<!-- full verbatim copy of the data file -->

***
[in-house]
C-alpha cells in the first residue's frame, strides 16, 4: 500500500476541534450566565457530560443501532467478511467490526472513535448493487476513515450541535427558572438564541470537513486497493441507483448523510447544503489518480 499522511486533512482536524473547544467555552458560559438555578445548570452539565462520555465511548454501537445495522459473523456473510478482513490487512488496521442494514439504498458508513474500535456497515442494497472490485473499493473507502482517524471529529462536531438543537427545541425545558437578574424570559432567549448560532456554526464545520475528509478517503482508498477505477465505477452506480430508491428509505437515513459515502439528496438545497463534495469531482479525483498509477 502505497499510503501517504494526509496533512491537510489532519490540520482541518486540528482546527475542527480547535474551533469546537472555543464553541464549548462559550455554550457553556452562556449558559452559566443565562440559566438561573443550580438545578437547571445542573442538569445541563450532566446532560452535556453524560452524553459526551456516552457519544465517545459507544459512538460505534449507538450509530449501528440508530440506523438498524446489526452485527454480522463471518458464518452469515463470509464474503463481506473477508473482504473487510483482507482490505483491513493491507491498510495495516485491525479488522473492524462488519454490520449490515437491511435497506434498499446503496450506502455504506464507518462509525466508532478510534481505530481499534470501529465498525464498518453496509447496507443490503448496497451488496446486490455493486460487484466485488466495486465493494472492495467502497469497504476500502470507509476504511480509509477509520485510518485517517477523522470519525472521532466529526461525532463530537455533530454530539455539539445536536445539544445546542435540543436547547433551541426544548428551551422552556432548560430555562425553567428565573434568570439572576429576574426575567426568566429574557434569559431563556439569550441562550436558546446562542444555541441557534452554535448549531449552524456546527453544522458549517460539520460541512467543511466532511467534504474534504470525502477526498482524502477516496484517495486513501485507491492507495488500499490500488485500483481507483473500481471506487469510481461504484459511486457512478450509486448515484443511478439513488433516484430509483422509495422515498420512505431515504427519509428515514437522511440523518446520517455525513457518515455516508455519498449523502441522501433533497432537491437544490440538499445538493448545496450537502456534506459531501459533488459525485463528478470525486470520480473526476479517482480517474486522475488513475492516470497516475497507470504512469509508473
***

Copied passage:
[in-house]
C-alpha cells in the first residue's frame, strides 16, 4: 500500500476541534450566565457530560443501532467478511467490526472513535448493487476513515450541535427558572438564541470537513486497493441507483448523510447544503489518480 499522511486533512482536524473547544467555552458560559438555578445548570452539565462520555465511548454501537445495522459473523456473510478482513490487512488496521442494514439504498458508513474500535456497515442494497472490485473499493473507502482517524471529529462536531438543537427545541425545558437578574424570559432567549448560532456554526464545520475528509478517503482508498477505477465505477452506480430508491428509505437515513459515502439528496438545497463534495469531482479525483498509477 502505497499510503501517504494526509496533512491537510489532519490540520482541518486540528482546527475542527480547535474551533469546537472555543464553541464549548462559550455554550457553556452562556449558559452559566443565562440559566438561573443550580438545578437547571445542573442538569445541563450532566446532560452535556453524560452524553459526551456516552457519544465517545459507544459512538460505534449507538450509530449501528440508530440506523438498524446489526452485527454480522463471518458464518452469515463470509464474503463481506473477508473482504473487510483482507482490505483491513493491507491498510495495516485491525479488522473492524462488519454490520449490515437491511435497506434498499446503496450506502455504506464507518462509525466508532478510534481505530481499534470501529465498525464498518453496509447496507443490503448496497451488496446486490455493486460487484466485488466495486465493494472492495467502497469497504476500502470507509476504511480509509477509520485510518485517517477523522470519525472521532466529526461525532463530537455533530454530539455539539445536536445539544445546542435540543436547547433551541426544548428551551422552556432548560430555562425553567428565573434568570439572576429576574426575567426568566429574557434569559431563556439569550441562550436558546446562542444555541441557534452554535448549531449552524456546527453544522458549517460539520460541512467543511466532511467534504474534504470525502477526498482524502477516496484517495486513501485507491492507495488500499490500488485500483481507483473500481471506487469510481461504484459511486457512478450509486448515484443511478439513488433516484430509483422509495422515498420512505431515504427519509428515514437522511440523518446520517455525513457518515455516508455519498449523502441522501433533497432537491437544490440538499445538493448545496450537502456534506459531501459533488459525485463528478470525486470520480473526476479517482480517474486522475488513475492516470497516475497507470504512469509508473